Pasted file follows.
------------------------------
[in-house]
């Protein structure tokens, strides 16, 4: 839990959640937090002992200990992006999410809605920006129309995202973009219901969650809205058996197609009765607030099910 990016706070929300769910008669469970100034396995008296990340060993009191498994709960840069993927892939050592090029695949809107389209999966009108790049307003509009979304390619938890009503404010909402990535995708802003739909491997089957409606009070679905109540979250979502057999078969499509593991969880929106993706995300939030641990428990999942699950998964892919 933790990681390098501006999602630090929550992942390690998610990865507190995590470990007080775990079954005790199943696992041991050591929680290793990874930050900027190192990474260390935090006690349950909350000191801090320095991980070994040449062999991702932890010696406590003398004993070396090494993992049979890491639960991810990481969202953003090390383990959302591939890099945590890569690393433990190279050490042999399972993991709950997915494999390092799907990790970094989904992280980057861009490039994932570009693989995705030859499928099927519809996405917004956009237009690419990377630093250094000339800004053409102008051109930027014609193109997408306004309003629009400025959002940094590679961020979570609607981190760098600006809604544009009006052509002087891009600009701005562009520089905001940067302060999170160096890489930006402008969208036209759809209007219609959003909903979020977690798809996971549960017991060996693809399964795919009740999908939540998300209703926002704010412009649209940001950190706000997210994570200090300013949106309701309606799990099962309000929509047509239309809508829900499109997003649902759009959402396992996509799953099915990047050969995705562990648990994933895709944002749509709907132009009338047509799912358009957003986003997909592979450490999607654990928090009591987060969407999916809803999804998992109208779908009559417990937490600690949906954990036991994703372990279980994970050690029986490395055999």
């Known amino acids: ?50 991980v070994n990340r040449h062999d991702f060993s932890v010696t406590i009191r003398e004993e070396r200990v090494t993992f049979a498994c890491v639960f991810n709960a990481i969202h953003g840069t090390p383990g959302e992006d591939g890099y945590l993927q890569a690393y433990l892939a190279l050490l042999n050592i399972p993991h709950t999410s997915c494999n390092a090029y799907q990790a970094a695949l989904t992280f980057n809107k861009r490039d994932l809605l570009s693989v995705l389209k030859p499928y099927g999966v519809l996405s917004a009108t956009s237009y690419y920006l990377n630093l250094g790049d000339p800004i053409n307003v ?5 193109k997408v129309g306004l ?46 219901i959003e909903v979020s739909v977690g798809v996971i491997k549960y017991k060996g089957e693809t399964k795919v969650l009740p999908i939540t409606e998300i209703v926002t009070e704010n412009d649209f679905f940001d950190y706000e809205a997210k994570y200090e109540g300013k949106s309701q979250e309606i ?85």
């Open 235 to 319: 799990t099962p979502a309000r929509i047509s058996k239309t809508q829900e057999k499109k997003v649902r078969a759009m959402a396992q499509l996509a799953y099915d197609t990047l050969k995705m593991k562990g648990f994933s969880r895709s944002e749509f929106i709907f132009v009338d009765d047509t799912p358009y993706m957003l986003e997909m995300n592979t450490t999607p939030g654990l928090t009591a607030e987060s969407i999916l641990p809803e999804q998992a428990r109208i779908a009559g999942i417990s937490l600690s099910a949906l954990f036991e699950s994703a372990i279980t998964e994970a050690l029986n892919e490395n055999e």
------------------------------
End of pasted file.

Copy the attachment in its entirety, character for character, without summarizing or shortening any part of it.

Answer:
[in-house]
């Protein structure tokens, strides 16, 4: 839990959640937090002992200990992006999410809605920006129309995202973009219901969650809205058996197609009765607030099910 990016706070929300769910008669469970100034396995008296990340060993009191498994709960840069993927892939050592090029695949809107389209999966009108790049307003509009979304390619938890009503404010909402990535995708802003739909491997089957409606009070679905109540979250979502057999078969499509593991969880929106993706995300939030641990428990999942699950998964892919 933790990681390098501006999602630090929550992942390690998610990865507190995590470990007080775990079954005790199943696992041991050591929680290793990874930050900027190192990474260390935090006690349950909350000191801090320095991980070994040449062999991702932890010696406590003398004993070396090494993992049979890491639960991810990481969202953003090390383990959302591939890099945590890569690393433990190279050490042999399972993991709950997915494999390092799907990790970094989904992280980057861009490039994932570009693989995705030859499928099927519809996405917004956009237009690419990377630093250094000339800004053409102008051109930027014609193109997408306004309003629009400025959002940094590679961020979570609607981190760098600006809604544009009006052509002087891009600009701005562009520089905001940067302060999170160096890489930006402008969208036209759809209007219609959003909903979020977690798809996971549960017991060996693809399964795919009740999908939540998300209703926002704010412009649209940001950190706000997210994570200090300013949106309701309606799990099962309000929509047509239309809508829900499109997003649902759009959402396992996509799953099915990047050969995705562990648990994933895709944002749509709907132009009338047509799912358009957003986003997909592979450490999607654990928090009591987060969407999916809803999804998992109208779908009559417990937490600690949906954990036991994703372990279980994970050690029986490395055999």
């Known amino acids: ?50 991980v070994n990340r040449h062999d991702f060993s932890v010696t406590i009191r003398e004993e070396r200990v090494t993992f049979a498994c890491v639960f991810n709960a990481i969202h953003g840069t090390p383990g959302e992006d591939g890099y945590l993927q890569a690393y433990l892939a190279l050490l042999n050592i399972p993991h709950t999410s997915c494999n390092a090029y799907q990790a970094a695949l989904t992280f980057n809107k861009r490039d994932l809605l570009s693989v995705l389209k030859p499928y099927g999966v519809l996405s917004a009108t956009s237009y690419y920006l990377n630093l250094g790049d000339p800004i053409n307003v ?5 193109k997408v129309g306004l ?46 219901i959003e909903v979020s739909v977690g798809v996971i491997k549960y017991k060996g089957e693809t399964k795919v969650l009740p999908i939540t409606e998300i209703v926002t009070e704010n412009d649209f679905f940001d950190y706000e809205a997210k994570y200090e109540g300013k949106s309701q979250e309606i ?85």
């Open 235 to 319: 799990t099962p979502a309000r929509i047509s058996k239309t809508q829900e057999k499109k997003v649902r078969a759009m959402a396992q499509l996509a799953y099915d197609t990047l050969k995705m593991k562990g648990f994933s969880r895709s944002e749509f929106i709907f132009v009338d009765d047509t799912p358009y993706m957003l986003e997909m995300n592979t450490t999607p939030g654990l928090t009591a607030e987060s969407i999916l641990p809803e999804q998992a428990r109208i779908a009559g999942i417990s937490l600690s099910a949906l954990f036991e699950s994703a372990i279980t998964e994970a050690l029986n892919e490395n055999e």